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I have a class MyDatabaseContext that has a series of DbSet collection properties:

public DbSet<EntityA> EntitiesA { get; set; }
public DbSet<EntityB> EntitiesB { get; set; }
public DbSet<EntityC> EntitiesC { get; set; }

I need to get the name of the collection given the type of the entity.
For example, I have "EntityB" and want to get as a result "EntitiesB".

I really wanted to avoid switch-case statements, since MyDatabaseContext is generated automatically (T4 templates).

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why do you need the name of the property? –  Charles Lambert May 2 '11 at 18:21
Good point. The type EntityC of variable EntitiesC should be widely available, even at design time. –  ProfK Mar 10 '13 at 11:05

4 Answers 4

up vote 1 down vote accepted

if you just want the name of the property here you go. I would just refine the answer given by hunter. You can use the same method with string as return type.

    public string GetEntitiName<T>() where T : class
        PropertyInfo propInfo = typeof(MyDatabaseContext).GetProperties().Where(p => p.PropertyType == typeof(DbSet<T>)).FirstOrDefault();
        string propertyName = propInfo.Name; //The string has the property name ..
        return propertyName;    

I tried a sample similar to your situation. Try replacing List with DbSet.

class Program
        public static void GetEntities<T>() where T : class

            var info = typeof(TestClass1).GetProperties().Where(p => p.PropertyType == typeof(List<T>));


        static void Main(string[] args)
    public class TestClass1
        public List<int> IntTest { get; set; }
        public List<double> DoubleTest { get; set; }
        public List<string> IStringTest { get; set; }

This sample works.

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I get this error on typeof(DbSet<T>): The type 'T' must be a reference type in order to use it as parameter 'TEntity' in the generic type or method 'System.Data.Entity.DbSet<TEntity>' –  Nelson Reis May 2 '11 at 18:25
pls try the edited solution –  gordanvij May 2 '11 at 18:36
If you want to use typeof on a generic type definition you need to do it with empty <>, like: typeof(Dictionary<,>) –  Michael Edenfield May 2 '11 at 18:37
i am using that inside a Generic method so that should work right? –  gordanvij May 2 '11 at 18:38
Try giving a generic constraint to the generic method GenericEntities<T> where T: class . And you can use only reference types. –  gordanvij May 2 '11 at 18:52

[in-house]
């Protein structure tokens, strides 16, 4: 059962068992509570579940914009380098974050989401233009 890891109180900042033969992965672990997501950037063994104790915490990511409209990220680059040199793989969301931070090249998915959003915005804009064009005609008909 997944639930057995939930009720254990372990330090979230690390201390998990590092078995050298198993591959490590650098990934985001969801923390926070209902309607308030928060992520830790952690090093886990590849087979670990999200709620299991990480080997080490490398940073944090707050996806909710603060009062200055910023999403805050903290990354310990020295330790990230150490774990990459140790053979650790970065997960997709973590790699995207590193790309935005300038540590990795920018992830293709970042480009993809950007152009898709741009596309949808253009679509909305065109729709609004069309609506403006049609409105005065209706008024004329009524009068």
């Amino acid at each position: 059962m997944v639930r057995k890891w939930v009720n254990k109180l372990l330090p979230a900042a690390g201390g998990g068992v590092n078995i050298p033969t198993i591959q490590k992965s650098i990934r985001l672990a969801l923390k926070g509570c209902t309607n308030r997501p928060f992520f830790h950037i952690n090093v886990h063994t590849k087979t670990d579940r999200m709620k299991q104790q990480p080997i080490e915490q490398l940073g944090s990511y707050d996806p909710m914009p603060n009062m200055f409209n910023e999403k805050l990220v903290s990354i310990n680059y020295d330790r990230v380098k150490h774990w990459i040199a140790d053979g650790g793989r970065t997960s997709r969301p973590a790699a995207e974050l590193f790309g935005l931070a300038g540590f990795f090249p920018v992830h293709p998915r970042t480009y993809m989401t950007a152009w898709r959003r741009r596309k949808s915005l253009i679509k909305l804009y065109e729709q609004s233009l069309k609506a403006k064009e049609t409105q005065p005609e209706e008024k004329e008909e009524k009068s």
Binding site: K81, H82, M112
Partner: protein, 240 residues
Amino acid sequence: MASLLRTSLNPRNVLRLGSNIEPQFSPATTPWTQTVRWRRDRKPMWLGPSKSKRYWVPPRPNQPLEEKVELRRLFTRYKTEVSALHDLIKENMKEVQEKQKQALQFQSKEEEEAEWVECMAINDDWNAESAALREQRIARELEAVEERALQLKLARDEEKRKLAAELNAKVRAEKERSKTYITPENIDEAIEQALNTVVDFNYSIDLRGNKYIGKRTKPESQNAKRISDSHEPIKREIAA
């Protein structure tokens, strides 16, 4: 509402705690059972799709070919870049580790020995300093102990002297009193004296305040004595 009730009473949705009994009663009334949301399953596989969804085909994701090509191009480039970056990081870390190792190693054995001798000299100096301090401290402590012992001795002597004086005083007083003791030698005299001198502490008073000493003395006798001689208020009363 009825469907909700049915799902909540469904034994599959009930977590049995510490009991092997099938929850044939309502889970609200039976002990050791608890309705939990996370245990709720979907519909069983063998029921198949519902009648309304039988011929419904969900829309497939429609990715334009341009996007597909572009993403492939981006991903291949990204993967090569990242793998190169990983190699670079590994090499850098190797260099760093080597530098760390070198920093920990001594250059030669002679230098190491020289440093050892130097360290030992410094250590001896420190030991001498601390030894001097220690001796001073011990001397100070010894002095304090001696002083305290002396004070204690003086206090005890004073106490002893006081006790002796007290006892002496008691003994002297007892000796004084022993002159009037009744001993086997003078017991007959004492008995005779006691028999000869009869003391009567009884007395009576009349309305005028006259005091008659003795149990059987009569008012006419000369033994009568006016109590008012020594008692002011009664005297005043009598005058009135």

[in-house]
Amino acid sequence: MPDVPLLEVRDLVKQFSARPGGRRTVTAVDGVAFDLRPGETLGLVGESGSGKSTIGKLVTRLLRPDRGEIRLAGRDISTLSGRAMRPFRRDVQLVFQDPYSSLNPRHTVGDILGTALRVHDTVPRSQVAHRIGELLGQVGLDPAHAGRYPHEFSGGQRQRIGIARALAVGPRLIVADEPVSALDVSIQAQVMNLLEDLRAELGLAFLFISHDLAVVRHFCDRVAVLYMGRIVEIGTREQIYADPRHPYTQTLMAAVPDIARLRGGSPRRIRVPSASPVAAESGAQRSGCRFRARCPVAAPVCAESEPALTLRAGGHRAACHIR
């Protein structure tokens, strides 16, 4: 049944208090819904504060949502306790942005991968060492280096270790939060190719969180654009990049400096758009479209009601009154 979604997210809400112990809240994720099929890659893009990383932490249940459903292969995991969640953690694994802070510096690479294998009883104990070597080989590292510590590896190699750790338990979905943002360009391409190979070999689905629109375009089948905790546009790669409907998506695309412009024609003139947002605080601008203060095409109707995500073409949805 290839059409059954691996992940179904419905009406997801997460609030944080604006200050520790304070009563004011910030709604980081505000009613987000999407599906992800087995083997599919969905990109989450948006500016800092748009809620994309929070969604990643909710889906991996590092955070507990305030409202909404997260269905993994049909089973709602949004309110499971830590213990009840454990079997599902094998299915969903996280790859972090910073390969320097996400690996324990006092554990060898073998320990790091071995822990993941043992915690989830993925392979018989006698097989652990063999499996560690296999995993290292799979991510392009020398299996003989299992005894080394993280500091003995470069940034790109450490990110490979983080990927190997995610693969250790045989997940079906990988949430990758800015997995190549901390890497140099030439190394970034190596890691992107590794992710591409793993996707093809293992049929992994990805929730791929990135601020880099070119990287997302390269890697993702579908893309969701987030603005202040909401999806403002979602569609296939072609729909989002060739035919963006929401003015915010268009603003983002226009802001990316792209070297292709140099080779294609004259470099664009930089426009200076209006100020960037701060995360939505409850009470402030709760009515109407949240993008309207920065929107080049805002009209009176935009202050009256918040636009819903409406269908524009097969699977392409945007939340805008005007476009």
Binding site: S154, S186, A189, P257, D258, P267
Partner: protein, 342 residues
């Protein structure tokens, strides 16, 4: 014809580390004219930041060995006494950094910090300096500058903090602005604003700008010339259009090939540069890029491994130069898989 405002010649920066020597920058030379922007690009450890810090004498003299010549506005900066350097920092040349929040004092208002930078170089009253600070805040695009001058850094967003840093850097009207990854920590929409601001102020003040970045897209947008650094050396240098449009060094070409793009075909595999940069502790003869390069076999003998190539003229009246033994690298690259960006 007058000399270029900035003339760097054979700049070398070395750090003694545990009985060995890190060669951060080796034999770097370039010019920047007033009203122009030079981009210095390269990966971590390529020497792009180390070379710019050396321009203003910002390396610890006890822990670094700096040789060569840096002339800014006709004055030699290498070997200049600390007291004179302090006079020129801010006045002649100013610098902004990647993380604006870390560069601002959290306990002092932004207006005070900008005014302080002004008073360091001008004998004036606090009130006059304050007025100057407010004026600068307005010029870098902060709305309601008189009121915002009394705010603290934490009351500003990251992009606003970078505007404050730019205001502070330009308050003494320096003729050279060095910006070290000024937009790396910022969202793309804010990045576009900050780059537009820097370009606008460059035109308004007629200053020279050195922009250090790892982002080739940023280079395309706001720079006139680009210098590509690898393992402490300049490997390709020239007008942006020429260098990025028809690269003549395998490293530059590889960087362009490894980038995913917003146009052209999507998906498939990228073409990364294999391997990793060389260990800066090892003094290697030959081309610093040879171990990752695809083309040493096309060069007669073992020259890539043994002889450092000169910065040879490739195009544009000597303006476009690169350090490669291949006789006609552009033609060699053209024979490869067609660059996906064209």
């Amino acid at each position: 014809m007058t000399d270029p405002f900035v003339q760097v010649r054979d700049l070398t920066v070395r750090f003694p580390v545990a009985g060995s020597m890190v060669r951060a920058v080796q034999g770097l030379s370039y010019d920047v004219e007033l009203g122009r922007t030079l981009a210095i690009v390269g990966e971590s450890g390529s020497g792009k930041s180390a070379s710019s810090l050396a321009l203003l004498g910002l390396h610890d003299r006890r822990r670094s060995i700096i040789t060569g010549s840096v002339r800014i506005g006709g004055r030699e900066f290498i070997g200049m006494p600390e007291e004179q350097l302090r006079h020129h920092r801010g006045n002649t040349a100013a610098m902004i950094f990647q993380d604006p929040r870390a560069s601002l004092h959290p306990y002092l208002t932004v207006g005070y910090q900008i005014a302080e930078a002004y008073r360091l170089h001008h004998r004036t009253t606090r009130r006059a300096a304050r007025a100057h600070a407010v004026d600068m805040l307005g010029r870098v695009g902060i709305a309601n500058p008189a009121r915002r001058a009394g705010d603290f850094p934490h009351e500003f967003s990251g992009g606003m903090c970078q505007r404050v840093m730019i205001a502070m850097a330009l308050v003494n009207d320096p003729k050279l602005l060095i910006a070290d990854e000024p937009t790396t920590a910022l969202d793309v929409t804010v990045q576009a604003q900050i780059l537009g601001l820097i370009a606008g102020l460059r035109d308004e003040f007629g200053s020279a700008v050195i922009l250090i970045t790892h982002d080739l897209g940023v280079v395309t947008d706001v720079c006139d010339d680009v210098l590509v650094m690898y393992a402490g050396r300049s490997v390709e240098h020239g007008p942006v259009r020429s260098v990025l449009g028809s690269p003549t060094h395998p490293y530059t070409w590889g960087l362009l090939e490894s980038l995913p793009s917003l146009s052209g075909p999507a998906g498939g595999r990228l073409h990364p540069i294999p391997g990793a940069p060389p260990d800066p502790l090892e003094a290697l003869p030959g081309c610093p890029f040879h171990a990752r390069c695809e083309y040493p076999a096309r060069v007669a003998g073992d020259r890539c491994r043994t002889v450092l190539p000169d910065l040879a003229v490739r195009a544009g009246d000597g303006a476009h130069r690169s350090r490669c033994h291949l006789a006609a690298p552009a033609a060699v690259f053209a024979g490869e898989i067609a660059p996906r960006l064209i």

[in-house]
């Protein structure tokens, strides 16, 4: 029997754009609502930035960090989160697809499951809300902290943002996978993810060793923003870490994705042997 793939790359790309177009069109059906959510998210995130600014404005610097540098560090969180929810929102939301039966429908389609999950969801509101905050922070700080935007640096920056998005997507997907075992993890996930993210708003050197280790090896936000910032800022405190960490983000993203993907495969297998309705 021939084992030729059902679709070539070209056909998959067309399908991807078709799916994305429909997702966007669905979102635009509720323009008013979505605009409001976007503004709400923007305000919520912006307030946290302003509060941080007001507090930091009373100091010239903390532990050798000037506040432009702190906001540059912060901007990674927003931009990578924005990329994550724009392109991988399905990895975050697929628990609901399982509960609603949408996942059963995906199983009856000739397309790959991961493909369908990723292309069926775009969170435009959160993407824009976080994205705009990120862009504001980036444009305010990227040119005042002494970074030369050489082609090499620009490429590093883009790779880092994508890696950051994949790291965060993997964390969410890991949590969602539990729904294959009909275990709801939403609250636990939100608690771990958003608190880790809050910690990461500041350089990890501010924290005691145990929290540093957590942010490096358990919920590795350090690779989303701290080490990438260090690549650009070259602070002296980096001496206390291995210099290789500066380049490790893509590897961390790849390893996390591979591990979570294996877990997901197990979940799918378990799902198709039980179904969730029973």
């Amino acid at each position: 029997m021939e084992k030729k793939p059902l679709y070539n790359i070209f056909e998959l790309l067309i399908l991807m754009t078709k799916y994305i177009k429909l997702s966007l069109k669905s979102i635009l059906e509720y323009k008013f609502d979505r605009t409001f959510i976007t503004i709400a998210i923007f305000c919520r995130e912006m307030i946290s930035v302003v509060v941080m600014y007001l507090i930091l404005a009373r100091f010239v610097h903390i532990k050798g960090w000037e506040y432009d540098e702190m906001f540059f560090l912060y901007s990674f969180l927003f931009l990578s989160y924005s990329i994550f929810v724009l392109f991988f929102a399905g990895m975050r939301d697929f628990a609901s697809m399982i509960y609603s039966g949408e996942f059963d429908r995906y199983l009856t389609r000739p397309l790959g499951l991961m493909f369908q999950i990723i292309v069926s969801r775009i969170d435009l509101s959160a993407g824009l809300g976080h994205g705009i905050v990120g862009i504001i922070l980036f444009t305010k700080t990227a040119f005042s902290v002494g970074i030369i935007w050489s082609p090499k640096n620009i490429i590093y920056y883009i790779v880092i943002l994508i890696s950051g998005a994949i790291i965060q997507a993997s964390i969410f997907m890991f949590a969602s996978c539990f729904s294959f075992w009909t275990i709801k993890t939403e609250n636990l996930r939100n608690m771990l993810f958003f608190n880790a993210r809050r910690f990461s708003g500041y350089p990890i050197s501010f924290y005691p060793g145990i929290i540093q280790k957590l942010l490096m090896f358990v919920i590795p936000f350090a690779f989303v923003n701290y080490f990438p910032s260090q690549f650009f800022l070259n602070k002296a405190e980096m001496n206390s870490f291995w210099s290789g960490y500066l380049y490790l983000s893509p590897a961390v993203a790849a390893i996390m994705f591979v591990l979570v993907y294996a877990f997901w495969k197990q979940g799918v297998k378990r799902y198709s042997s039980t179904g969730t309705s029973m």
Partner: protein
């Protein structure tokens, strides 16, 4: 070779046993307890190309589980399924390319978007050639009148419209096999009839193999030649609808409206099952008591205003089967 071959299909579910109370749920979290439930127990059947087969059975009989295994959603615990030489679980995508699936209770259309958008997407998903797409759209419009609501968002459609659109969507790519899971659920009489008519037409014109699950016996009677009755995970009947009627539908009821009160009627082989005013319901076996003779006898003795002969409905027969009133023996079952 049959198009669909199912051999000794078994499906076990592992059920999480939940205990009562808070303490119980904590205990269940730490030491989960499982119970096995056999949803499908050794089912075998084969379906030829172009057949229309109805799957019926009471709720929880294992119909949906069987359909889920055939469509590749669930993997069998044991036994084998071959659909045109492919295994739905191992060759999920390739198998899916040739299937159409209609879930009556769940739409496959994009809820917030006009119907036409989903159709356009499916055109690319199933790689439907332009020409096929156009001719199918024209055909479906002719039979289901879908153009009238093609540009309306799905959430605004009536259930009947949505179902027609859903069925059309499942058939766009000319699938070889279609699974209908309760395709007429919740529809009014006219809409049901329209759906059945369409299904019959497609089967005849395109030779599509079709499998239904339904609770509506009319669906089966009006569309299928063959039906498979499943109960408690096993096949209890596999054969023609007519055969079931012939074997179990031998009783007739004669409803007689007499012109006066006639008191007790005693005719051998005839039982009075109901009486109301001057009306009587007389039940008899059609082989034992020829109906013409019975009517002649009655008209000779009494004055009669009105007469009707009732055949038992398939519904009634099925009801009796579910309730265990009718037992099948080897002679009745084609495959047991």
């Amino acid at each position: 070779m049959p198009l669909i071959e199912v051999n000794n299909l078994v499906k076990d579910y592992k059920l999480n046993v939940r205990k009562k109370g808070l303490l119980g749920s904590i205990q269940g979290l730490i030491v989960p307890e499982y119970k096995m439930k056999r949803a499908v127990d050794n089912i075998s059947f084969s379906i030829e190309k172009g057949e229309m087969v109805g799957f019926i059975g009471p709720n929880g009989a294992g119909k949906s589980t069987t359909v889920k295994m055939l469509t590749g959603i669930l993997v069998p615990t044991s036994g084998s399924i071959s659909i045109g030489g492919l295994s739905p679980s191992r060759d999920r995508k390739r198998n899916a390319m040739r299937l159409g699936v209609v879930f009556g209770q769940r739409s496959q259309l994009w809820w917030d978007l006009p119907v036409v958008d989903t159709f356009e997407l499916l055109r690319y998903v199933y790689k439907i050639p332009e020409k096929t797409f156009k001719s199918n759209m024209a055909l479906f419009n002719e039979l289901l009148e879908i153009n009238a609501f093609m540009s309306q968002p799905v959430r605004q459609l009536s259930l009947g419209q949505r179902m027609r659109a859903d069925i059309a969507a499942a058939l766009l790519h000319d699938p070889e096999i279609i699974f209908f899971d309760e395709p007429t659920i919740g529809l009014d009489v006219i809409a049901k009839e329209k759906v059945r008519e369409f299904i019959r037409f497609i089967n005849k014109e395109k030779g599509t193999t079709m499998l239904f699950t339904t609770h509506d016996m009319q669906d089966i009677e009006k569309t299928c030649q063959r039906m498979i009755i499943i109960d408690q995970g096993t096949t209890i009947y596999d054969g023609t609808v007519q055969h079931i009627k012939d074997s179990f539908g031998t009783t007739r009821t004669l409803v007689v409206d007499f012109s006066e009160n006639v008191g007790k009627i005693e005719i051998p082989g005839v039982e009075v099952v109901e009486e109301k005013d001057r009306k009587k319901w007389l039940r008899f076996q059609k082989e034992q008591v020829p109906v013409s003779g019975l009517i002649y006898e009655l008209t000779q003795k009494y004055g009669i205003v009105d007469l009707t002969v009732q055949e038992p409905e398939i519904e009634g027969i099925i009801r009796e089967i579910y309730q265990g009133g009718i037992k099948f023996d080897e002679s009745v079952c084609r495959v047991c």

I know this is old page, But my answer maybe useful for other guys referring here. (like me)

I think you want to accessing EntitiesB to run a query on it, like EntitiesB.Where(a=>a.bla=="blabla"). If I'm right or another visitor of this page needs something like this, just easily use the following code:

using System.Data.Entity.Infrastructure;
using System.Data.Objects;



_dbContext is Context class inherting from DbContext.
EntitiesB is DbSet<EntityB> defined in Context class.


Ilist result = ((IObjectContextAdapter)_dbContext).ObjectContext.CreateObjectSet<EntityB>().Where(b=>b.bla=="blabla").ToList();
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Your generated file is a partial class, you could create a new file and declare a class with same name using the keyword partial, then make a method which will return the desired Collection...

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but then I would have to go the switch-case route, that I really wanted to avoid... –  Nelson Reis May 2 '11 at 17:26
I don't see other options here... but you could: 1. Use one context in each file (multiple edmx). 2. Make it generate a class<T> and have a property DbSet<T>. Sorry if that doesn't help... –  BrunoLM May 2 '11 at 17:30

I haven't actually done this myself, but it sounds like what you want to do is to use reflection to locate the property of type "DbSet" that has the appropriate generic type parameter. The following pseudo-C# should get you started:

foreach ( FieldInfo field in this.GetType() )
  if ( field.FieldType.IsGenericType )
    foreach ( Type param in field.FieldType.GetGenericArguments() )
      if ( param.Name == soughtType )
        return field.Name;
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